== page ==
Friday, May 29, 2009

Focus On: Corporate Governance

There is widespread confusion in Oman about the applicable standards for companies with respect to transparency and conflicts of interest. A conflict of interest arises when a person has an interest that may compromise his reliability. For example, if company A is negotiating a contract with company B, and a director of Company A has a close relative working at Company B, this would be a conflict of interest. The director has a duty to act in the interests of his company, but he has a personal interest that may conflict with that duty. Even if there is no improper result, conflicts of interest can sometimes give the appearance of impropriety. For this reason, the government of Oman has issued several regulations related to conflicts of interest, or related party transactions, as they are also known.

In Oman, there are different laws and regulations applicable to different company structures. Specifically, there are different requirements for publicly traded companies (SAOGs), closely held companies (SAOCs), and limited liability companies (LLCs).

For SAOGs, Article 108 of the Commercial Companies Law states that members of the board or related parties shall not have any direct or indirect interest in the transactions or contracts concluded in respect of the company except when such transactions or contracts are in accordance with the regulations issued by the Capital Market Authority.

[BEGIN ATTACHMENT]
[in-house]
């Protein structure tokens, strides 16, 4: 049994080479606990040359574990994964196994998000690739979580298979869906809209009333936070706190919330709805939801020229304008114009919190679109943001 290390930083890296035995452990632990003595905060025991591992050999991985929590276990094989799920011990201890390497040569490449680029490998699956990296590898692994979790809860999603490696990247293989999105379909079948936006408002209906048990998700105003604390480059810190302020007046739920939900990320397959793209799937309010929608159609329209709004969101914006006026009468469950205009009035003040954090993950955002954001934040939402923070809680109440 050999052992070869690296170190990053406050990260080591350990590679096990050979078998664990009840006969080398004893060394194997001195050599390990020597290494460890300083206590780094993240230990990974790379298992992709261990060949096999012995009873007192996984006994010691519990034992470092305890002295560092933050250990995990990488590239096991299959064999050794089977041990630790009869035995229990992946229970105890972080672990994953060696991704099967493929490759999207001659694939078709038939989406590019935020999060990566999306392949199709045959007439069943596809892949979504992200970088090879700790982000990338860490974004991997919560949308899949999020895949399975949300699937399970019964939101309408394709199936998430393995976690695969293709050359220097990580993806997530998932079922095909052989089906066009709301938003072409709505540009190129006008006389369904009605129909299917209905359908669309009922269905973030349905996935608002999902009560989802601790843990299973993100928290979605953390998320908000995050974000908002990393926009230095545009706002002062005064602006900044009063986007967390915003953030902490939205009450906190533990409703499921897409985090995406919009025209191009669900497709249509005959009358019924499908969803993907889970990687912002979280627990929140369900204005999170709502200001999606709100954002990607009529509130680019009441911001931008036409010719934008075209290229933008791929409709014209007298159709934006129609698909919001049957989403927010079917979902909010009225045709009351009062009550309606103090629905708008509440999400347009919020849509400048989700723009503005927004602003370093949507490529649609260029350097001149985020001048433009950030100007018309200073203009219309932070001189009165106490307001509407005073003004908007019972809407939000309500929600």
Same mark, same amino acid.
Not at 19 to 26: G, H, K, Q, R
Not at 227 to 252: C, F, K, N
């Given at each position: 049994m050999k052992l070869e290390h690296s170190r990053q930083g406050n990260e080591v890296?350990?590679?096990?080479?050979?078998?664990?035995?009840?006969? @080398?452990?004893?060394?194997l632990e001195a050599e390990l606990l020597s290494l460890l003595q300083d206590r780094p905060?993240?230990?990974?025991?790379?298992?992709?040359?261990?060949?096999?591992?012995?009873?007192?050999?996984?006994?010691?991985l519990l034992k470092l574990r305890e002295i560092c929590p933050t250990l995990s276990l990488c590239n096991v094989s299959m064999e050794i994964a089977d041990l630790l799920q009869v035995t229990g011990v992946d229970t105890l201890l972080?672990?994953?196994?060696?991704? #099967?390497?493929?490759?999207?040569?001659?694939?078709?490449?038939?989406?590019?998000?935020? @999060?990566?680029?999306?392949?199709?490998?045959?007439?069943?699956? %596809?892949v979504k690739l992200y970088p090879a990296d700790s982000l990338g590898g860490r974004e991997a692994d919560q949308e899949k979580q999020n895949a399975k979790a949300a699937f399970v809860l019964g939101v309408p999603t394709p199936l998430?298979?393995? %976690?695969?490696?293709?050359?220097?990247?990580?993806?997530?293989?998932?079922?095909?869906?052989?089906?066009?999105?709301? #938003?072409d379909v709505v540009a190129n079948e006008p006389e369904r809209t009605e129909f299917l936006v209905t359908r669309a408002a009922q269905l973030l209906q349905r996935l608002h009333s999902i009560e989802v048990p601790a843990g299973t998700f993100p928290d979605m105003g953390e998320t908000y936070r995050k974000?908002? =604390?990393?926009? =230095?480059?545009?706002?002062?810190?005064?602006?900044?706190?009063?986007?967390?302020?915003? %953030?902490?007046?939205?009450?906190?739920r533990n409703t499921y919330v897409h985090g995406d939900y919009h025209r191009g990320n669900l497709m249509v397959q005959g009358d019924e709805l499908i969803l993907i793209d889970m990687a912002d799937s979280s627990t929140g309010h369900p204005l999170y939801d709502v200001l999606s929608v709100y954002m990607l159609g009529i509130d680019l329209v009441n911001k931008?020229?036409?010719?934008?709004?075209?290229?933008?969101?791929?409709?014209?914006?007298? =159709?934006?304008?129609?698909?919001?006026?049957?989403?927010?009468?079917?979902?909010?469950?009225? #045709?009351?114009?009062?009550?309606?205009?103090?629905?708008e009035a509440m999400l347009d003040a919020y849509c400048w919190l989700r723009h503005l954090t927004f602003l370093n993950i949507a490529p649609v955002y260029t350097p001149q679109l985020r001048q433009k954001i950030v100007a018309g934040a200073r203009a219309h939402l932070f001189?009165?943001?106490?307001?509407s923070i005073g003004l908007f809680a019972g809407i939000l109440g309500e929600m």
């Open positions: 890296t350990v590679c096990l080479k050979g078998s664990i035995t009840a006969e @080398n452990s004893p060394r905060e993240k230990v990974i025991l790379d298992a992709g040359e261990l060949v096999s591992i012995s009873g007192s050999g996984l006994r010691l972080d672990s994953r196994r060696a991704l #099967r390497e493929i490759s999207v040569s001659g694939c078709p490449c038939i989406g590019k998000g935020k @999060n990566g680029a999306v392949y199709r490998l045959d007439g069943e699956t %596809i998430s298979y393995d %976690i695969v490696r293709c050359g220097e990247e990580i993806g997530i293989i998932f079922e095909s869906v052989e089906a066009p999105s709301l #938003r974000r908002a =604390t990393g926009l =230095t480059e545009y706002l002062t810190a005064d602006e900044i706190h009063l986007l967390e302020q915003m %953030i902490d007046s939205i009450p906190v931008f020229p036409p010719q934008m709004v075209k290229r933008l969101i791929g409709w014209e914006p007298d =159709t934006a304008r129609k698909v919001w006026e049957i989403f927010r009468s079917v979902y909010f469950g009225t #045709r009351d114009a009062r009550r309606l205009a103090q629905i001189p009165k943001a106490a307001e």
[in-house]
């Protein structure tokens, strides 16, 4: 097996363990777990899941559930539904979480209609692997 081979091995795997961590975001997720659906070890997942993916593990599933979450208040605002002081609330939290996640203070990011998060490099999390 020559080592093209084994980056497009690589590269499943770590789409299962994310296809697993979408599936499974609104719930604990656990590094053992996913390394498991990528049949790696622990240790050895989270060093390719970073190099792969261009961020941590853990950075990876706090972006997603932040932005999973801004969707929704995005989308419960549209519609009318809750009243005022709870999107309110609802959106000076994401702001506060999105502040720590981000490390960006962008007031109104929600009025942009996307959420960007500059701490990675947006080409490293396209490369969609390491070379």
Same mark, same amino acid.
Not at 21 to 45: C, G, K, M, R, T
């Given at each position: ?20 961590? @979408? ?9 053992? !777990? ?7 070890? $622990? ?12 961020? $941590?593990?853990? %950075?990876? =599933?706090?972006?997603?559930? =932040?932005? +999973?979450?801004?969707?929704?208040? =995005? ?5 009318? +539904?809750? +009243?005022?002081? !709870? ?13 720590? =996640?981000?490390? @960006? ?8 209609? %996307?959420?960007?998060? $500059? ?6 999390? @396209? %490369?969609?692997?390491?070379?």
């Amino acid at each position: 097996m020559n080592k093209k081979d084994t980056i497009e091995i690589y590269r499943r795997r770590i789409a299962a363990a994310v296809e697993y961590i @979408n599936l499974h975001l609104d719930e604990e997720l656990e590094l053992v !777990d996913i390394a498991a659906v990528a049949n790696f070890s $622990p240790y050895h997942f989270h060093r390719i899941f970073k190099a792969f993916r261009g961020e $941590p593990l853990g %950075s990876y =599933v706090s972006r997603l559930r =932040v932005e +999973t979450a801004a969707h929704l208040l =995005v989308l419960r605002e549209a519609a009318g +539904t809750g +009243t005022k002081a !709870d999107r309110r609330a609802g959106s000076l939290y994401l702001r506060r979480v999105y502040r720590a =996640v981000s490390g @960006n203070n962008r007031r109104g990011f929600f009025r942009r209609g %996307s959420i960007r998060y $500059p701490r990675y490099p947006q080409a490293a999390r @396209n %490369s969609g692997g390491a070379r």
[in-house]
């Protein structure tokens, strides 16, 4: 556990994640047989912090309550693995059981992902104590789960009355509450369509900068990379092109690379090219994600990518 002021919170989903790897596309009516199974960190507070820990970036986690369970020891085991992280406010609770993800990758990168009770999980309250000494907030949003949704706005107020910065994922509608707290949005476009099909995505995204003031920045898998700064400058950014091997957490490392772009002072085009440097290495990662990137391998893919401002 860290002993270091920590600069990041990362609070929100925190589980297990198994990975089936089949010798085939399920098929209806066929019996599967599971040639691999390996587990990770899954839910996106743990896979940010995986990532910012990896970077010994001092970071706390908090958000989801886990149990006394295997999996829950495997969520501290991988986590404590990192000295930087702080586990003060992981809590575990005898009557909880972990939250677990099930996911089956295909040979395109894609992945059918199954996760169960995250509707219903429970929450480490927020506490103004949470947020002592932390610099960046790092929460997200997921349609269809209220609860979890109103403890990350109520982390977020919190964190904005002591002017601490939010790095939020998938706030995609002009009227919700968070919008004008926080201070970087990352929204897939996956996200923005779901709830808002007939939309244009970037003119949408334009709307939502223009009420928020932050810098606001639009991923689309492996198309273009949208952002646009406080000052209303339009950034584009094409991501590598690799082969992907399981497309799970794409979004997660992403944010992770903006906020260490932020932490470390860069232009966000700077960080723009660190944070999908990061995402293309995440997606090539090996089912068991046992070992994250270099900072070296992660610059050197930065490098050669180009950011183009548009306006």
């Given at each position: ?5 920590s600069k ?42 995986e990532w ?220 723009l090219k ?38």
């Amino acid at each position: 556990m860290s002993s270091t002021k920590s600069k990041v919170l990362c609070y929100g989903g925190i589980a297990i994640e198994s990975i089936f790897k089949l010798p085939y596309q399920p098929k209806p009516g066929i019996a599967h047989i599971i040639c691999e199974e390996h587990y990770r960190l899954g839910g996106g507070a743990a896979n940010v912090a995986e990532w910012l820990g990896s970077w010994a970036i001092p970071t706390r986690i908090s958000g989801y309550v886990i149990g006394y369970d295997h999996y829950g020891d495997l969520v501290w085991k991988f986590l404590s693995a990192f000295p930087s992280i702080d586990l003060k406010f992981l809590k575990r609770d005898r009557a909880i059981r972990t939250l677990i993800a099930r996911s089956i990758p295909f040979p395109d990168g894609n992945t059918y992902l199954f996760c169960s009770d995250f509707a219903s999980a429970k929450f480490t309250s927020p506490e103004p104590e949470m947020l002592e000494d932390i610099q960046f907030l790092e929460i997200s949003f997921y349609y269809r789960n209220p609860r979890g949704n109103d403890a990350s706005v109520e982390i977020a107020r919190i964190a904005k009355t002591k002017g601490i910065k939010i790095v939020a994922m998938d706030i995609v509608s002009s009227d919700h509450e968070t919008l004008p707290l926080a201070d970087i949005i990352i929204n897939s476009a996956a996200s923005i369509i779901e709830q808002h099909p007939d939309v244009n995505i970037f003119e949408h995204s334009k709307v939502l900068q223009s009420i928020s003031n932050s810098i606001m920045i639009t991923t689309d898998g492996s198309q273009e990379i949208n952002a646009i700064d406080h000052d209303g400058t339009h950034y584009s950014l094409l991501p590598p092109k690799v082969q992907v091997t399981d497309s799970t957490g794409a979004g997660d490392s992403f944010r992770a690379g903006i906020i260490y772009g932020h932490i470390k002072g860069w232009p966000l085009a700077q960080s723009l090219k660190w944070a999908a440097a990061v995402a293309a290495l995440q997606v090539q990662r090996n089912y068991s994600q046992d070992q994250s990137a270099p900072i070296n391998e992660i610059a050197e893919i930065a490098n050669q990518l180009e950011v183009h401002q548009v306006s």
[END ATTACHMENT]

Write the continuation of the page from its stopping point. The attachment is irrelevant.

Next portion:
The Capital Market Authority has issued the Code of Corporate Governance (Circular 11/02) which defines related party transactions and the disclosure rules that apply to such transactions and contracts.

For SAOCs, the applicable rule is provided in Ministerial Decision 92 of 2003 titled “Rules regulating the Election of Board of Directors and the liabilities of Board Members”. These rules state that the Ministry of Commerce & Industry shall investigate violations that undermine the rights of shareholders in a closed joint stock company that are committed by members of the board of directors.

Sometimes, corporations operating in Oman are concerned about which standard applies, and particularly whether they need to comply with the Code of Corporate Governance. In some instances, there have been attempts to force SAOCs to comply with the Code. The Code of Corporate Governance only applies to SAOGs in Oman. SAOCs do not fall under the requirements of the Code of Corporate Governance because they are not publicly listed. Similarly, LLCs are not subject to the requirements of the Code of Corporate Governance.